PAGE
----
Tuesday, July 22, 2008

The power behind your Mechanical Luxury Watch.

  • A mechanical watch has one source of power - YOU! What powers you? Coffee perhaps? You may have just rolled out of bed, rubbed your eyes and felt the bedside table in fumbling motions for your luxury watch. You wind it without much thought, but in doing so, you have unleashed a series of remarkable movements that provide the power to your luxury watch.

In turning the knob, you wind the mainspring - the power source in mechanical watches. The mainspring is a spiral spring of metal ribbon coiled around an arbor (the central axle); the inner end of the mainspring is attached to the arbor with small hooks or tabs, and the outer end to the barrel ( a cylindrical box). The mainspring is wound by turning the arbor, but drives the watch movement by the barrel. This ensures that the watch is still being powered during winding. The arbor has a ratchet attached to it, with a click so that the force of the spring will not turn the arbor backwards, and thus unwinding it. Once the arbor is wound it no longer moves. The pull of the stored energy of the mainspring turns the barrel. The barrel has a ring of gear teeth around it. The ring of teeth interlocks with the center wheel pinion and drives the wheel train. In most watches the barrel rotates once every eight hours, thus the 40 hour spring needs five turns to fully unwind.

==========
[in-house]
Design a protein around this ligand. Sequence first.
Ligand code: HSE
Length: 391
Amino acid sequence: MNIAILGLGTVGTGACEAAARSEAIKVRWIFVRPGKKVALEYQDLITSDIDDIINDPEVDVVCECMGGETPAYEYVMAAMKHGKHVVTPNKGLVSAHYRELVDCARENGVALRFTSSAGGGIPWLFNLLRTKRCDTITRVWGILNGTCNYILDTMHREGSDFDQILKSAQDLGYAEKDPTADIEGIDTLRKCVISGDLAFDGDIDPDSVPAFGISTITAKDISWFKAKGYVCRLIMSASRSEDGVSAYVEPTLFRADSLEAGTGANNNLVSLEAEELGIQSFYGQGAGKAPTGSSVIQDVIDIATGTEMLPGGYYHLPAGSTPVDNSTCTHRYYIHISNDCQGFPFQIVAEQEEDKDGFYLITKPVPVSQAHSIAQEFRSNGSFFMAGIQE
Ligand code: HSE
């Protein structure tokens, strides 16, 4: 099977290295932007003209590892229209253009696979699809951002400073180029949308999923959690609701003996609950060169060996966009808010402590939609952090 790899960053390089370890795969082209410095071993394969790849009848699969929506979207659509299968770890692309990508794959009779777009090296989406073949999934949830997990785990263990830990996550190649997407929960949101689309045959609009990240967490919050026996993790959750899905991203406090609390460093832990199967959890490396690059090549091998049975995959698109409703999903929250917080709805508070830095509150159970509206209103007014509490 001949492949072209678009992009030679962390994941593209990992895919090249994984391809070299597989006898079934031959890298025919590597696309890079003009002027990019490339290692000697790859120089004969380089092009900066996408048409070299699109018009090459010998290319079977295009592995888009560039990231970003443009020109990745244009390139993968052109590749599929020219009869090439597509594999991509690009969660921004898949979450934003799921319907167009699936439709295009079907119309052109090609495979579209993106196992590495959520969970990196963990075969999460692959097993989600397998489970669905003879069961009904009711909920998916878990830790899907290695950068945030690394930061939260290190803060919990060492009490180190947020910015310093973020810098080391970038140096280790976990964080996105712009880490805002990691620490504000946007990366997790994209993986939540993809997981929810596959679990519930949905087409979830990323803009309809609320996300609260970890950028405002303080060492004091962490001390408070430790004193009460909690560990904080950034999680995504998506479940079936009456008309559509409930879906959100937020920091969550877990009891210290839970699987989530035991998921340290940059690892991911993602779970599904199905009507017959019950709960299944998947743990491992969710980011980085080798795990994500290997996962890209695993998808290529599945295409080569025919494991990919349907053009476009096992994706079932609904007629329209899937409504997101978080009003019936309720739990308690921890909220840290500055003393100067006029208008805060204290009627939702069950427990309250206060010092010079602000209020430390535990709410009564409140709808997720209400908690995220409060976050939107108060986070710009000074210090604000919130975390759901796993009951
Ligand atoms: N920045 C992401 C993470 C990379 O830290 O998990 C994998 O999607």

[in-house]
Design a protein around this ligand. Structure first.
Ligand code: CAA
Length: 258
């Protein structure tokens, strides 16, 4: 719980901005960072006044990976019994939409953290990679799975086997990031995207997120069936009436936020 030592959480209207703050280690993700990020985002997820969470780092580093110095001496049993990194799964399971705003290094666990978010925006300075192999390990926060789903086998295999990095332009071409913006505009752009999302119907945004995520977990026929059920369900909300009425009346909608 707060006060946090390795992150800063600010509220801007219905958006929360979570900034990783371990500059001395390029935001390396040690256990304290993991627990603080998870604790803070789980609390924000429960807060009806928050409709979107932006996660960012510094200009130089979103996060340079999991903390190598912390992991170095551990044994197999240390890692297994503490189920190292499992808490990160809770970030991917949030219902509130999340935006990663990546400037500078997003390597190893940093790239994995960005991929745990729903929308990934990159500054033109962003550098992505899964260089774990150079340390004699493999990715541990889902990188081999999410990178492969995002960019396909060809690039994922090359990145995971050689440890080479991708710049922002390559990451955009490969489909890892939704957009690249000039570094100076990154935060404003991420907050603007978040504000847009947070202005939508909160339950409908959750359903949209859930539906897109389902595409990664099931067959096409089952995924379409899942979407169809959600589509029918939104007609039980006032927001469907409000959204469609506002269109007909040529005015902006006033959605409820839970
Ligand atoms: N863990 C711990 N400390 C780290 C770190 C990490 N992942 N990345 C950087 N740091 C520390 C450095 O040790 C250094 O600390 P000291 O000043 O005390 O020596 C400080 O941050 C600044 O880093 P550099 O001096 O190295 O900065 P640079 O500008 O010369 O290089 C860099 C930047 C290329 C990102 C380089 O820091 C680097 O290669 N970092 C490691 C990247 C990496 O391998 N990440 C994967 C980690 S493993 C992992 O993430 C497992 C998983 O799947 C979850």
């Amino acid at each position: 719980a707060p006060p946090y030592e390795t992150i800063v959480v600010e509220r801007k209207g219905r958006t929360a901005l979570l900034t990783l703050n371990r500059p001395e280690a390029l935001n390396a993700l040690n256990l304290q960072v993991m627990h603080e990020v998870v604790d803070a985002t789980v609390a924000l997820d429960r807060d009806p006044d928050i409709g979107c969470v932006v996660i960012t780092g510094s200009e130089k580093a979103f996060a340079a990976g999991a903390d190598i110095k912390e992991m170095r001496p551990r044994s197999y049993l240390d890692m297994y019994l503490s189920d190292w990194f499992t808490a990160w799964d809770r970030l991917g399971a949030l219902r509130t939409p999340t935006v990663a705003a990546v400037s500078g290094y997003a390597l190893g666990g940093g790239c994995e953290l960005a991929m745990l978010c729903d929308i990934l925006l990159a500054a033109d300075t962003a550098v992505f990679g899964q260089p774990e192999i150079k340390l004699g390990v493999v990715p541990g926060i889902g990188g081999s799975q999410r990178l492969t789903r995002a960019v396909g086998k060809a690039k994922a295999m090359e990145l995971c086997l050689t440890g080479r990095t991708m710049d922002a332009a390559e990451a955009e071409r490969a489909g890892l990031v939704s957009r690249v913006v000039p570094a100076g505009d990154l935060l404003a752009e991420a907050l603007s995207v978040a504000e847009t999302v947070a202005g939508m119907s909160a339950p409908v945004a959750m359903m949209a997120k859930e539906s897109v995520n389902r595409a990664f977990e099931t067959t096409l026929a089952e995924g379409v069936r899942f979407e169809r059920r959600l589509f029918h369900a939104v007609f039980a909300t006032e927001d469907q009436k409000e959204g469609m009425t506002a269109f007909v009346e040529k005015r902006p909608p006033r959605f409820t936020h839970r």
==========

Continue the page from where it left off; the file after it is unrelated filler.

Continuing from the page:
Some useful facts pertaining to the mainspring of your Luxury Mechanical Watch.
  • The Mainspring is wound around the arbor with great force. Disassembling the mainspring without the "know how" could cause the mainspring to suddenly release, causing injury. The mainspring should be 'let down' gently first by holding the winding knob and pulling the click back. This allows the spring to unwind slowly. In general ,the disassembling of any luxury watch, should be done by a watch professional.
  • Older watches, such as those made before the 1960, had mainsprings that broke quite frequently. This was due to the constant stress cycles endured by the metal, causing the metal to weaken and then snap. The stress was the strongest directly around the arbor, where there was no space between the coils, this point could quite easily be reached, while winding. Although, metallurgy has improved, broken mainsprings although rare can occur.
  • Some watches will no longer work when fully wound. This led to many theories of over winding. Over winding is a myth and does not validate the reason for fully wound watches to stop. Winding a watch all the way, does not damage the watch; however, over time the watch movements collect dust and the oil dries up. The dust and oil causes enough friction so the smooth running of the mainspring is hampered, leaving little force for the mainspring to turn until the end of its running period. If the owner continues to wind the watch, without servicing the watch, the friction reaches the flat part of the torque curve and the watch will stop, even though the watch is fully wound.
  • Mainsprings can become tired or deformed, and lose some of there force. This will cause the running time between winding to be decreased. At this point your watch needs to be serviced, and your mainspring replaced if necessary.
  • Power reserve indicator: Some high end watches like the Audemars Piguet Arnold All Stars has an extra dial on the face indicating the amount of power left in the mainspring. Most dials interpret this into amount of remaining hours. A differential gear is crafted within this watch which determines how far the arbor has been turned compared to the barrel.